Subsidies on major carriers

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Mthoroughbred

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Dec 16, 2008
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#1
I have a pretty good idea how subsidies work. But what I have no idea is why after you complete your 2 year agreement on your subsidized phone your bill remains the same? This is something that has intrigue me for a while and haven't seen anyone address this.


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Europa

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Dec 12, 2008
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#2
It's not really an issue since few people continue to use the same smartphone for more than two years. But yeah, the bill should go down after two years for those who do. T-Mobile addressed it.
 

chris

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Jun 10, 2006
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#3
If you are a wireless customer who is out of contract, you should either leave or re-up and take advantage of your upgrade. Should wireless companies give you a break on your bill? Sure, but that might cause confusion among their customers. Bills/rates and plans are already confusing. Let's say a customer is off contract and starts receiving a bill that is $100 vs $120. Now that customer goes in and buys a new iPhone 5. Their next bill has the activation fee and goes back to $120. Now they see a bill of $155 and the carrier has to explain not only the activation charge, but the change in billing.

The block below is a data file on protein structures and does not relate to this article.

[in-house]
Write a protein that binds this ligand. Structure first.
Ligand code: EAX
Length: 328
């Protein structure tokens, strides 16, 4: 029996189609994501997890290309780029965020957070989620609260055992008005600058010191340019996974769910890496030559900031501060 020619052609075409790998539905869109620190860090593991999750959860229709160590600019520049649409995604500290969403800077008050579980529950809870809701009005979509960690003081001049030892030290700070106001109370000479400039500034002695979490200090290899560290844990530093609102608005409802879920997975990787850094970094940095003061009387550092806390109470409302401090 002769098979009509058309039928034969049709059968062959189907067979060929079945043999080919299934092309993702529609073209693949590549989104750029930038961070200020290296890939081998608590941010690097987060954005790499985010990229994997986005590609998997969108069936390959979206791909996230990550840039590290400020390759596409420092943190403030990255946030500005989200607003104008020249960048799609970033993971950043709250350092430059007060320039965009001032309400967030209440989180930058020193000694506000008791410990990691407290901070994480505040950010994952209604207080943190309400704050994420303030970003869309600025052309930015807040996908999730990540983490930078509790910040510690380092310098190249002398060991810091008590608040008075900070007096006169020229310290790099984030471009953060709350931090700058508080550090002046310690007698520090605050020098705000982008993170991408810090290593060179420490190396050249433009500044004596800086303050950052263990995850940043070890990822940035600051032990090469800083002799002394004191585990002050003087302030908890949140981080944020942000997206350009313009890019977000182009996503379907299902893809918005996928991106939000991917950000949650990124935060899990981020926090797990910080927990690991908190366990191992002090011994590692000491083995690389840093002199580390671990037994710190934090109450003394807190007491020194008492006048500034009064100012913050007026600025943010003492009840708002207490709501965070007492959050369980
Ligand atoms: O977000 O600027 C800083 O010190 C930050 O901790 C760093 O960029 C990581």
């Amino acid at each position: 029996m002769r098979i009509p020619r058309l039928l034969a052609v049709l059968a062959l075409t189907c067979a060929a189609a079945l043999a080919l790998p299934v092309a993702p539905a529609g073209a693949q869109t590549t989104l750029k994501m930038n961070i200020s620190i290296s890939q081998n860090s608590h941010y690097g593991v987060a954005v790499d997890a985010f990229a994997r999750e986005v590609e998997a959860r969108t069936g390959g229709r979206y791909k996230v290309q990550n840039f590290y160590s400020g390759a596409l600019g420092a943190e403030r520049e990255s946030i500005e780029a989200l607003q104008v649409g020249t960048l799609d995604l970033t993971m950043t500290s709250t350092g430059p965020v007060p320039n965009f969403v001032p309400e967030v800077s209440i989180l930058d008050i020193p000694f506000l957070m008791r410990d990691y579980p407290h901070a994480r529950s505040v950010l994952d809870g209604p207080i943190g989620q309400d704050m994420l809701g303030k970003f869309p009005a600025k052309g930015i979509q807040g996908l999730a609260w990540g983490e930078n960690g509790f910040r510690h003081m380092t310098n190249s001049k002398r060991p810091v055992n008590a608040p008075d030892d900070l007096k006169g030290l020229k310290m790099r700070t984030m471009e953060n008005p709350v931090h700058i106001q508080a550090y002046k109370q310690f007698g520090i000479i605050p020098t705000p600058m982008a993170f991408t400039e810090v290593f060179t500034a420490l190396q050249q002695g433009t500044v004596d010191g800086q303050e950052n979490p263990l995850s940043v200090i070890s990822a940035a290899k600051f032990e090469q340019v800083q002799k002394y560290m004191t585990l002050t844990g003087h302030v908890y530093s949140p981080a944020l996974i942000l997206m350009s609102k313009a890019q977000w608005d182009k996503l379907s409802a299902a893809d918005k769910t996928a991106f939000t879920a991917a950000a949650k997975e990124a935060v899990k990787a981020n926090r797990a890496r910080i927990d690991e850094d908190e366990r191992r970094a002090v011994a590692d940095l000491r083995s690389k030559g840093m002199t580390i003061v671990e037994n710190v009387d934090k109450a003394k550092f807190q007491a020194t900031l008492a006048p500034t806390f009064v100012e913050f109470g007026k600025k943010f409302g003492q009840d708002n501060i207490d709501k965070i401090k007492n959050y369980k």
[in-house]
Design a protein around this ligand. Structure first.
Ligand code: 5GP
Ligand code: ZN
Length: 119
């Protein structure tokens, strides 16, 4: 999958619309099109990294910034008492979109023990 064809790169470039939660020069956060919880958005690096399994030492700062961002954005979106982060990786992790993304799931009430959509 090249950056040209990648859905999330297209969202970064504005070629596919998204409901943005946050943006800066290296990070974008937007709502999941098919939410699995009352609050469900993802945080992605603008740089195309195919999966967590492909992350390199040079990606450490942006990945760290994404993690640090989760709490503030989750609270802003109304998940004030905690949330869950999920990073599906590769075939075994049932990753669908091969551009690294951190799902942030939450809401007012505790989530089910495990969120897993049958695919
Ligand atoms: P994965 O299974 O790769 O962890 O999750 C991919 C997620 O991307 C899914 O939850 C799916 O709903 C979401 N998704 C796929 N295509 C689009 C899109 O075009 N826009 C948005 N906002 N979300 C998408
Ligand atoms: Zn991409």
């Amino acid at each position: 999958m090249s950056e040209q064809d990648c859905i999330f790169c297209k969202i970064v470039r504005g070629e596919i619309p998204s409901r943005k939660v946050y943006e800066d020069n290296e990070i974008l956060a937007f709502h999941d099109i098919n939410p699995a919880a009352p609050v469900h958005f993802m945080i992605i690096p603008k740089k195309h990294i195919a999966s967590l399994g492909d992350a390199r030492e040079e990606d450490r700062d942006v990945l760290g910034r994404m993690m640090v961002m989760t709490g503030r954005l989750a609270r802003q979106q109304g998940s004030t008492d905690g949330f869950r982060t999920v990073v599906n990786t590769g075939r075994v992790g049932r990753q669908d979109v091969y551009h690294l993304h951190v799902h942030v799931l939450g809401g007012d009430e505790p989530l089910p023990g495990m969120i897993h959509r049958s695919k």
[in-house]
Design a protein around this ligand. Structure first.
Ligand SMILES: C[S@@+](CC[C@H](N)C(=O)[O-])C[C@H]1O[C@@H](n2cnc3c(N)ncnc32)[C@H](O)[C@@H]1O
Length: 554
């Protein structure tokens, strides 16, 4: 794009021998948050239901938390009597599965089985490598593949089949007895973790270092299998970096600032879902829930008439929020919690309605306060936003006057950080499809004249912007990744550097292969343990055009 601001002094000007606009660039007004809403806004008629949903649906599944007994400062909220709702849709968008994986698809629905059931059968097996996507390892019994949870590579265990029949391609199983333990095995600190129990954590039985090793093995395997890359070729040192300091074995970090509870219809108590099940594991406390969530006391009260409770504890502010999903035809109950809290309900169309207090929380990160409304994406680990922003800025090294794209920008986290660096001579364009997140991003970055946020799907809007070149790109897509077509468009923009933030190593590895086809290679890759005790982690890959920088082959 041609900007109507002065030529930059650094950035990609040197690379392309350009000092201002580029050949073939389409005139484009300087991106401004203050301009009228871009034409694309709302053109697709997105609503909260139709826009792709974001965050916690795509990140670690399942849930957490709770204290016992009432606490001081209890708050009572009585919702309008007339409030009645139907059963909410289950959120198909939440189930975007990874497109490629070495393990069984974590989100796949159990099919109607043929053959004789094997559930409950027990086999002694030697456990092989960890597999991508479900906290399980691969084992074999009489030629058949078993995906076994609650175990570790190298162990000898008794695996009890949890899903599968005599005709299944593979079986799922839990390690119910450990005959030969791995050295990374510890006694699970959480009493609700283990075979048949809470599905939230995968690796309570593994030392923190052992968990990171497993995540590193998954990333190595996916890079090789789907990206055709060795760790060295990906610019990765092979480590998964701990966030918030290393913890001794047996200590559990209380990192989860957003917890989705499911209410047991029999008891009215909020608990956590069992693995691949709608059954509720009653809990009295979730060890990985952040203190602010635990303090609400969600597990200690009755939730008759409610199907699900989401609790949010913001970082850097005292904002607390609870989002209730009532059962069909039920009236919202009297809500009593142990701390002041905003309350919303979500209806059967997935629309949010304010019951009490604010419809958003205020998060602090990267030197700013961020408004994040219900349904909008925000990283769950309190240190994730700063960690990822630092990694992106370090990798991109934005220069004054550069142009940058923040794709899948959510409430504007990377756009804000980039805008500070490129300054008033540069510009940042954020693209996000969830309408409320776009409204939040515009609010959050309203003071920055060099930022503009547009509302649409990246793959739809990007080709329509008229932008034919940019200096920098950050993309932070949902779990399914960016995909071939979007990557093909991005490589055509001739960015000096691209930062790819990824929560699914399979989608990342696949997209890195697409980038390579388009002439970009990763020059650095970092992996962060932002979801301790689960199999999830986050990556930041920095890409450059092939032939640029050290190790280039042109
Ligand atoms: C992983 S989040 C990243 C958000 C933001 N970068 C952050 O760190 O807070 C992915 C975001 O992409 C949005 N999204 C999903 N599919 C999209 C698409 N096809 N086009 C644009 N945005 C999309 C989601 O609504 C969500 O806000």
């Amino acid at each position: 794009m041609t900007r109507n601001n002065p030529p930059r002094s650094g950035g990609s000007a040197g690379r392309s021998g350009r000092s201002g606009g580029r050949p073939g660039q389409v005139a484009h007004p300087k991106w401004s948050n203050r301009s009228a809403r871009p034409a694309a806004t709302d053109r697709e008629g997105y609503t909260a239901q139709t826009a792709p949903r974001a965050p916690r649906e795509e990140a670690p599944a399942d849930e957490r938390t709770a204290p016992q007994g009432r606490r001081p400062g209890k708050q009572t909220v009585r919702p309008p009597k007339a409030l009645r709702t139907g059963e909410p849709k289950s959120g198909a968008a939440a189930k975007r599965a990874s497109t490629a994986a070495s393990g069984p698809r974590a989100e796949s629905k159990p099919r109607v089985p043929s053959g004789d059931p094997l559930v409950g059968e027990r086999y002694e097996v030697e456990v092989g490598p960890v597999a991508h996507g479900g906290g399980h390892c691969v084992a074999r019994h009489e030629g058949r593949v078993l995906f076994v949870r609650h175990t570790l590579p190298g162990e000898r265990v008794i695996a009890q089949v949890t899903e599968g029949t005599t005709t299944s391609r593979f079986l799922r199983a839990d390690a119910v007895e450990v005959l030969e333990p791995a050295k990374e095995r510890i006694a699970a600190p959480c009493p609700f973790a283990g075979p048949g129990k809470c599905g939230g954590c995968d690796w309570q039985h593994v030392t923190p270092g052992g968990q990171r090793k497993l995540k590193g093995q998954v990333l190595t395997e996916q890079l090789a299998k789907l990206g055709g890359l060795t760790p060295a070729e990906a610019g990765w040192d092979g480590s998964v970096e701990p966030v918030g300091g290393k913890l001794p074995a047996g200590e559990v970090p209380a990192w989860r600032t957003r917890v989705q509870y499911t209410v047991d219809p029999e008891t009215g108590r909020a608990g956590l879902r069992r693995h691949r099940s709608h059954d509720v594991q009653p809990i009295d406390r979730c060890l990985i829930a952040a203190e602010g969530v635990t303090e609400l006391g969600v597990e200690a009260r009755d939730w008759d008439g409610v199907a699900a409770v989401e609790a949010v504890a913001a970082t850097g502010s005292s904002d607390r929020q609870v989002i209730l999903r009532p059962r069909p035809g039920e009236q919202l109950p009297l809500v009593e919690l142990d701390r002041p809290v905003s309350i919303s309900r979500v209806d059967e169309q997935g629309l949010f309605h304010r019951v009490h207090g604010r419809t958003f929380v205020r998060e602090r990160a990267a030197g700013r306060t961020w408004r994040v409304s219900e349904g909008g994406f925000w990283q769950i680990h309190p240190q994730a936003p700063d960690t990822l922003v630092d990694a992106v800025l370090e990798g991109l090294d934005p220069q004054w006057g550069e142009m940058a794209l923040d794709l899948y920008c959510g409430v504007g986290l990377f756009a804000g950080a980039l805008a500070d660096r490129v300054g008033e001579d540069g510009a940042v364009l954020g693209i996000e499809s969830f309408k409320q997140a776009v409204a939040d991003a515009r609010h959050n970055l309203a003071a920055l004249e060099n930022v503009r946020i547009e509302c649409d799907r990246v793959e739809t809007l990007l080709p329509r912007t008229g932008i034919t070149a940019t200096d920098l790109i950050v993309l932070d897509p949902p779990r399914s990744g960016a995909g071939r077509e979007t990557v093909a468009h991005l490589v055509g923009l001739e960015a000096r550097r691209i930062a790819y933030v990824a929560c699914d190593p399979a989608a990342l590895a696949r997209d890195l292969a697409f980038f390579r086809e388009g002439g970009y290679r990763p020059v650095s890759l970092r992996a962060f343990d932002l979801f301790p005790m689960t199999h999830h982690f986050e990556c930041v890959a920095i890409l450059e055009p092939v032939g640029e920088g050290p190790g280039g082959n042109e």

My in-laws are well out of contract. They are using the iPhone 3G/ iPhone 3GS. By the time they upgrade (and I'm not sure if/when they are planning to), they'll have burned a minimum of 1 year that they could have been using towards a contract agreement on a new phone.
 

Mthoroughbred

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Dec 16, 2008
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#4
If you are a wireless customer who is out of contract, you should either leave or re-up and take advantage of your upgrade. Should wireless companies give you a break on your bill? Sure, but that might cause confusion among their customers. Bills/rates and plans are already confusing. Let's say a customer is off contract and starts receiving a bill that is $100 vs $120. Now that customer goes in and buys a new iPhone 5. Their next bill has the activation fee and goes back to $120. Now they see a bill of $155 and the carrier has to explain not only the activation charge, but the change in billing.

My in-laws are well out of contract. They are using the iPhone 3G/ iPhone 3GS. By the time they upgrade (and I'm not sure if/when they are planning to), they'll have burned a minimum of 1 year that they could have been using towards a contract agreement on a new phone.
That would not be the case if the wireless networks would be open about those policies. I just feel like they are double dipping and still charging you for a device when you already finished your 2 year agreement.


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Europa